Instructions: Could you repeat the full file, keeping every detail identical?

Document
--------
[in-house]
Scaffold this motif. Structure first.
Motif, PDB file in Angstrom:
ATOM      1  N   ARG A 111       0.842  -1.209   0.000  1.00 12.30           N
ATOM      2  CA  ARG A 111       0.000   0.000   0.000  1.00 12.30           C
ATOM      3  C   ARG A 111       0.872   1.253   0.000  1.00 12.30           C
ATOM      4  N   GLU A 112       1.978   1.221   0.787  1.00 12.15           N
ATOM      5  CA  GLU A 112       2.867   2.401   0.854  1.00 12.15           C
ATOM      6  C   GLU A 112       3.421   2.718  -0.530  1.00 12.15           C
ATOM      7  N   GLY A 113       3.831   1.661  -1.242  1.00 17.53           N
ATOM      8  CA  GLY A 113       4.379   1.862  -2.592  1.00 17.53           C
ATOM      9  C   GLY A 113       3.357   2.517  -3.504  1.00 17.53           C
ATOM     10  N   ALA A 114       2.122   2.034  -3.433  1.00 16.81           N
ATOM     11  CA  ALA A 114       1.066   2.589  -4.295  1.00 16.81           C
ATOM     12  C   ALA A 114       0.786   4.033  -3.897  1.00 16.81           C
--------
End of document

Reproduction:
[in-house]
Scaffold this motif. Structure first.
Motif, PDB file in Angstrom:
ATOM      1  N   ARG A 111       0.842  -1.209   0.000  1.00 12.30           N
ATOM      2  CA  ARG A 111       0.000   0.000   0.000  1.00 12.30           C
ATOM      3  C   ARG A 111       0.872   1.253   0.000  1.00 12.30           C
ATOM      4  N   GLU A 112       1.978   1.221   0.787  1.00 12.15           N
ATOM      5  CA  GLU A 112       2.867   2.401   0.854  1.00 12.15           C
ATOM      6  C   GLU A 112       3.421   2.718  -0.530  1.00 12.15           C
ATOM      7  N   GLY A 113       3.831   1.661  -1.242  1.00 17.53           N
ATOM      8  CA  GLY A 113       4.379   1.862  -2.592  1.00 17.53           C
ATOM      9  C   GLY A 113       3.357   2.517  -3.504  1.00 17.53           C
ATOM     10  N   ALA A 114       2.122   2.034  -3.433  1.00 16.81           N
ATOM     11  CA  ALA A 114       1.066   2.589  -4.295  1.00 16.81           C
ATOM     12  C   ALA A 114       0.786   4.033  -3.897  1.00 16.81           C